Social development involves learning the knowledge, skills, and values that enable children to relate to others effectively. This learning is achieved both directly by those who care for and teach them and indirectly through social relationships. A child’s social development begins soon after birth and continues through adolescence as he learns to effectively interpret social cues and respond to others around him in appropriate ways.1 The ability to get along with others and adapt to new situations is referred to as social competence.
Child development involves emotional, cognitive, social, and physical development as interrelated domains that influence each other. Children’s experiences in their earliest years affect how their brains work, the way they respond to stress, and their ability to form trusting relationships. Their thinking and language skills become more complex, and they begin to understand their own feelings and those of others.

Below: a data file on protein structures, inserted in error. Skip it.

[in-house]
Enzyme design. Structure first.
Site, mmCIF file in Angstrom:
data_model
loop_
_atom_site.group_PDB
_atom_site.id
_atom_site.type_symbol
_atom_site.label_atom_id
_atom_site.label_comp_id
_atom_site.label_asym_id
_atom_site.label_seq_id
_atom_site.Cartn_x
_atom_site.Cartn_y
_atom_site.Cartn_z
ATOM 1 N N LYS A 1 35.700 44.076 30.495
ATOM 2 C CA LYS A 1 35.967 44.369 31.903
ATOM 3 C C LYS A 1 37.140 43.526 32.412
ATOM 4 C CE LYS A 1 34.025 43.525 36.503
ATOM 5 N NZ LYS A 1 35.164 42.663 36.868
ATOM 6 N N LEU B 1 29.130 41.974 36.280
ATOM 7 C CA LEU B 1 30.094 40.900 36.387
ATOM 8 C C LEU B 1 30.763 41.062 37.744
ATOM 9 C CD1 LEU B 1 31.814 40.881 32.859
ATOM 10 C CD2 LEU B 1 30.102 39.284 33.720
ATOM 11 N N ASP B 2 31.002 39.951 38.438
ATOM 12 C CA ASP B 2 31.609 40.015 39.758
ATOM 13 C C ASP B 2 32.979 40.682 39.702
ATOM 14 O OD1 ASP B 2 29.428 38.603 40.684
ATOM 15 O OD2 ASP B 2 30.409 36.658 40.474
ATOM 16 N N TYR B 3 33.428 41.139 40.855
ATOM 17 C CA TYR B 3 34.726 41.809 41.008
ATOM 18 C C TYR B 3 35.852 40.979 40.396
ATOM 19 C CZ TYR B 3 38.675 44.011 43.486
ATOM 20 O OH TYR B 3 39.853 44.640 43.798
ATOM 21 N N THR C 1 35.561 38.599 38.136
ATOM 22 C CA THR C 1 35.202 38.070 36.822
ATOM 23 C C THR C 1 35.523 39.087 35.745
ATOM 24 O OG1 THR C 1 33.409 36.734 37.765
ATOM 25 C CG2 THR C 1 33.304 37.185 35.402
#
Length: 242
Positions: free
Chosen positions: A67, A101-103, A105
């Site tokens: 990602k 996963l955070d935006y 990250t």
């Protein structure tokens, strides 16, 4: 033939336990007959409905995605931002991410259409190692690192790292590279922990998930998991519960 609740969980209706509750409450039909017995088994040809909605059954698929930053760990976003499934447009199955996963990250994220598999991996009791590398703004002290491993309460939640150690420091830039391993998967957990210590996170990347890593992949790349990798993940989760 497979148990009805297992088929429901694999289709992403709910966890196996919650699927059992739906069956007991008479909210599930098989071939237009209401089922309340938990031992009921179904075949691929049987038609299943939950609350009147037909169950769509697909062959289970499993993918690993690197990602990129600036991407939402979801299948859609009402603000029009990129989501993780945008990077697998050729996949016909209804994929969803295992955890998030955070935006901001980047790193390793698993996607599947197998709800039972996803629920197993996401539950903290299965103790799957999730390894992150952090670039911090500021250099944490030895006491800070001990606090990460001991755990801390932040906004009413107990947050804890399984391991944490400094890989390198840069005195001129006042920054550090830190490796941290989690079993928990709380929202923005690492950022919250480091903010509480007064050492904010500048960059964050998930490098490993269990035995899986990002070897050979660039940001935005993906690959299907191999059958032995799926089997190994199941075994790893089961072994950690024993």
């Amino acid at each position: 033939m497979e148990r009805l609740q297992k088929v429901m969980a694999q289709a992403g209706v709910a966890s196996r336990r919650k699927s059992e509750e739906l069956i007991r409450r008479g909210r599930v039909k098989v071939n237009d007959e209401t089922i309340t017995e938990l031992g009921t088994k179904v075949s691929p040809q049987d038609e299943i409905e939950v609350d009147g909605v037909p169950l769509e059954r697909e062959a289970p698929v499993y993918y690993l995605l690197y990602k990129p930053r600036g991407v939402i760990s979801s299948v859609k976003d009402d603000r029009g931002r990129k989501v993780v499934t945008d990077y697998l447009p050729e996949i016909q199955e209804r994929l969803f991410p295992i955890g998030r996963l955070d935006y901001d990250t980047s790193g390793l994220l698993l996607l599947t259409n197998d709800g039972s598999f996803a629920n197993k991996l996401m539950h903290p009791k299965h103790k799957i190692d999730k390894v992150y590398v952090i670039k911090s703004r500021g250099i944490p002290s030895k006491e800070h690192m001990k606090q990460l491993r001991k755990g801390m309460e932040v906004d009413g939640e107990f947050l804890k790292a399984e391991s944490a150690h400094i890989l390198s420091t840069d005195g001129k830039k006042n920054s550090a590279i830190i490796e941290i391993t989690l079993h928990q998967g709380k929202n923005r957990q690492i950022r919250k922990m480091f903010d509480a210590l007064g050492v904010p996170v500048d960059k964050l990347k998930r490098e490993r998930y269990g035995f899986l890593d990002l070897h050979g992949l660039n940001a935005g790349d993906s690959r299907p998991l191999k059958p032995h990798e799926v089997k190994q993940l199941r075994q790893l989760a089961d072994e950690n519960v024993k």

In a positive environment, an infant develops an emotional bond with his caregivers. A secure attachment promotes a positive relationship with others and decreases the risk for social and emotional problems later in childhood.2 When parents are available and attuned to their child, the child feels a sense of security that creates a strong foundation for allowing that child to explore the world.3 As a child receives unconditional love and acceptance from his family, he is provided with a solid base for confidence and good self-esteem to build further social relationships with others.4